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Why Does a Robust Conflict Check System Matter?


“I’m sorry, but we are conflicted out” – the communication that no law firm wants to hear. While it is tempting to underplay this process, it is critical for a firm offering expert witness services, especially within a high-stakes litigation context, to have a rigorous conflict check system in place.


Conflicts can be viewed as being of two types: (1) direct or objective conflicts, and (2) indirect or subjective conflicts. Objective conflicts, once identified, become clear to the service provider that no relevant information about the dispute should be shared. On the other hand, subjective conflicts may not represent a legal, institutional, or personal barrier; however, either the expert witness firm or the end client (once disclosed to them) may decide not to pursue the engagement after assessing the nature of the case or parties involved.


Objective processes still require a great deal of thoughtfulness. For example, conflicts could be identified at the firm or testifying expert level. Examples for an expert are: (1) the candidate was involved in the same dispute representing the adverse party, (2) they have offered opinions in the past that established a contrary position, (3) they have previously published literature expressing opinions contrary to the matter (4) they have worked or have an interest or affiliation with parties involved in the dispute.


Examples of objective conflicts at the firm level are: (1) they have engaged an expert to support the adverse side, (2) they have previously engaged experts to provide opinions on related matters representing the adverse side, effectively establishing a firm position on the related issue.


Examples of subjective conflicts at the testifying expert level are (1) they do not want to be associated with specific subject matters or lines of argument, (2) they do not want to be associated with specific parties, (3) they believe they cannot provide an independent opinion due to personal principles.[1] Testifying experts do not lose their independence by turning down cases based on subjective conflicts, but will certainly risk it if they take on such cases, if that ultimately results in a biased opinion.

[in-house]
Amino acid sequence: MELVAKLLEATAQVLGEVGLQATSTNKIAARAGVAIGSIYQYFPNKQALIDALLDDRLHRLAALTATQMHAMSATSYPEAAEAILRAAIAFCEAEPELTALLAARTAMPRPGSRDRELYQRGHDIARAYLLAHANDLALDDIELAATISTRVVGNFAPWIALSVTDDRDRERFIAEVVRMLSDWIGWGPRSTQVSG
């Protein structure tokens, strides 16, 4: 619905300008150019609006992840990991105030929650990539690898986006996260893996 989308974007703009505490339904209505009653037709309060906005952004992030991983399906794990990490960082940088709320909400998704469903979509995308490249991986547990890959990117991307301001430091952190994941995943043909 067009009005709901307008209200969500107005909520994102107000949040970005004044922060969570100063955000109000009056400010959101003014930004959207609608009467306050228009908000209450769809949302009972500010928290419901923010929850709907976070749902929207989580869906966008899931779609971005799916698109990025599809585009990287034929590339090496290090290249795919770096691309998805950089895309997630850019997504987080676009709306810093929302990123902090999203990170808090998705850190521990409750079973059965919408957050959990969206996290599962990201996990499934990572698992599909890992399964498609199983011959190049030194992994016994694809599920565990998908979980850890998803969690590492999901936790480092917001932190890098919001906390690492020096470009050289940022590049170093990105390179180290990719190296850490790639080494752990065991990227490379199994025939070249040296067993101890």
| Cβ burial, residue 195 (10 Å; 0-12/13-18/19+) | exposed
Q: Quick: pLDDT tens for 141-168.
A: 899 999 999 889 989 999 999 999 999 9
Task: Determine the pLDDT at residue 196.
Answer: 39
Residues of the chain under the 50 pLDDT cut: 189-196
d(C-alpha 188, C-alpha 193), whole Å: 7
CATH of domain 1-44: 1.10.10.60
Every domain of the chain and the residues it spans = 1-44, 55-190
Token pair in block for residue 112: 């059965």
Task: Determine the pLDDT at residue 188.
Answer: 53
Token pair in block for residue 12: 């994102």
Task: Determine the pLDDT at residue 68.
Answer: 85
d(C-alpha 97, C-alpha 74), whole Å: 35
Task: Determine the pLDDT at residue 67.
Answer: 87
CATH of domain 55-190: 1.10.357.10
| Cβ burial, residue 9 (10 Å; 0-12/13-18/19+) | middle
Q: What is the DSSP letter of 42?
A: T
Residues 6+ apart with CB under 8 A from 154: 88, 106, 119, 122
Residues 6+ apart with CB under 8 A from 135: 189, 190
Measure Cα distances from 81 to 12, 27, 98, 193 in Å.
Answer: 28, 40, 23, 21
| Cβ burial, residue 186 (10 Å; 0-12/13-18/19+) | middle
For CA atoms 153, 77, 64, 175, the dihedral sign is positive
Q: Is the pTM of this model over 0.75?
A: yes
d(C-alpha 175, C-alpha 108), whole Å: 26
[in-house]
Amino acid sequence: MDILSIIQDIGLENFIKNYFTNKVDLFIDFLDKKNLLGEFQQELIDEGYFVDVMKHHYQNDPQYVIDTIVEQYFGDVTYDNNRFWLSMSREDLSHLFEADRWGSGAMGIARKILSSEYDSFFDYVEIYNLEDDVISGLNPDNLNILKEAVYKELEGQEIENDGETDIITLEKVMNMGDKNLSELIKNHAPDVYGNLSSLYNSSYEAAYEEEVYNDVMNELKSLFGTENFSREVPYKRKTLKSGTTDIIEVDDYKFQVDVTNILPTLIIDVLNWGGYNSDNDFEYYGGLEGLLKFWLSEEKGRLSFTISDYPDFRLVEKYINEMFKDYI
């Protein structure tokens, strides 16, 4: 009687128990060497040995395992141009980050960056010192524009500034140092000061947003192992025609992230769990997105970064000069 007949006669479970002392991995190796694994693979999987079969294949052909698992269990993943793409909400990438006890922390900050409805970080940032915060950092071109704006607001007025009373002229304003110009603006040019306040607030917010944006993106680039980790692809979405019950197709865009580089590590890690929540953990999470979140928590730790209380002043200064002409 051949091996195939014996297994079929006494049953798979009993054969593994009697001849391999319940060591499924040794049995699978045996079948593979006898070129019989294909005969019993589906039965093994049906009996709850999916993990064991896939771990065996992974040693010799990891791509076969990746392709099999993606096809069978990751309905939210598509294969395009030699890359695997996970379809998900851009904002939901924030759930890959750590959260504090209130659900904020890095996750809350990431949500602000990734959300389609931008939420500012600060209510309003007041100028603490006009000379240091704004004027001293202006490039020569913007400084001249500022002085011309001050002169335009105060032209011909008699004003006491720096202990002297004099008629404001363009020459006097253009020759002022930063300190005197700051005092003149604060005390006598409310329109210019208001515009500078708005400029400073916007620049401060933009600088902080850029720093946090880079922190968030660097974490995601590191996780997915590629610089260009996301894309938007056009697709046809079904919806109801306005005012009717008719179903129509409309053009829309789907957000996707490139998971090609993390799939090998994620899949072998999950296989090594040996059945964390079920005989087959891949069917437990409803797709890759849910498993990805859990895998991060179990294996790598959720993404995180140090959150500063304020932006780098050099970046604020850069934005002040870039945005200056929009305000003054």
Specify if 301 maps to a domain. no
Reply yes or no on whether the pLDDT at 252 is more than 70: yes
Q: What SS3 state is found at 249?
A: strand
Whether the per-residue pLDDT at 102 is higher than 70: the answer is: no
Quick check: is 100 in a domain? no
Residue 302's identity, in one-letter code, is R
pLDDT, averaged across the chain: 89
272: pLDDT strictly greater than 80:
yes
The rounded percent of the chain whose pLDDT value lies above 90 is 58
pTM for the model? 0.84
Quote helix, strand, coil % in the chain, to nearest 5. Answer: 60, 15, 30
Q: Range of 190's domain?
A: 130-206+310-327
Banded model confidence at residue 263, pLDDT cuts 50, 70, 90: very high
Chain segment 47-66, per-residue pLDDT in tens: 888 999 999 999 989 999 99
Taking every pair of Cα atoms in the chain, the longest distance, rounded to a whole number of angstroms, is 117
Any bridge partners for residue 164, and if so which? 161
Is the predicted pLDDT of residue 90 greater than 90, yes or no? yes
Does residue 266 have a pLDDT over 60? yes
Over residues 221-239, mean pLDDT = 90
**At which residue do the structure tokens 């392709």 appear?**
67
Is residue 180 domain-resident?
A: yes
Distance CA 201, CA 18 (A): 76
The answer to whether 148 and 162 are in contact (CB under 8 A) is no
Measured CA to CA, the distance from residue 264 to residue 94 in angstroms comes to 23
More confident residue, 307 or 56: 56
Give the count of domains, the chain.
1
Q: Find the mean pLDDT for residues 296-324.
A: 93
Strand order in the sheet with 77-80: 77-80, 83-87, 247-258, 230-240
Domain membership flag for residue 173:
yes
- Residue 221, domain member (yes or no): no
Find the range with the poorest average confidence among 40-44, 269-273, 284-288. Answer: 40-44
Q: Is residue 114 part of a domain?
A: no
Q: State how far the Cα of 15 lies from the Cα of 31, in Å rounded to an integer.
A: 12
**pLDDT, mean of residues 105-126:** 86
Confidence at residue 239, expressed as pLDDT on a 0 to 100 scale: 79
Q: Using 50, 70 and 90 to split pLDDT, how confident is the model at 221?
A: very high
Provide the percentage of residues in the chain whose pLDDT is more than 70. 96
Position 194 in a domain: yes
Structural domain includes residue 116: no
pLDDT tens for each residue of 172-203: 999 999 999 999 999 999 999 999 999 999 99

Examples of subjective conflicts at the firm level are: (1) they have a long-standing relationship with opposing counsel or client, and the firm takes the business decision not to oppose them on an unrelated matter, (2) they are positioned as operating primarily for plaintiffs or defendants, and the potential matter may run counter to that posture, (3) they do not want to be associated with specific matters or lines of argument, (4) they provide consulting services to parties named in the claim.


Conflict checks should not be informally run, based on the memory of work done on past case matters by the individual expert, and with an eye on potential business conflicts at a firm level. As a firm becomes more sophisticated, the concept of relying on off-the-cuff processes and expert recollection becomes indefensible. The too obvious risk becomes that conflicts are discovered “down the road” i.e., after expert reports are filed, or before and during testimony. Ultimately, no one wants to be in a position in which the adverse party is the first to identify a conflict, and an expert who is likely a key plank of a litigation strategy becomes disqualified.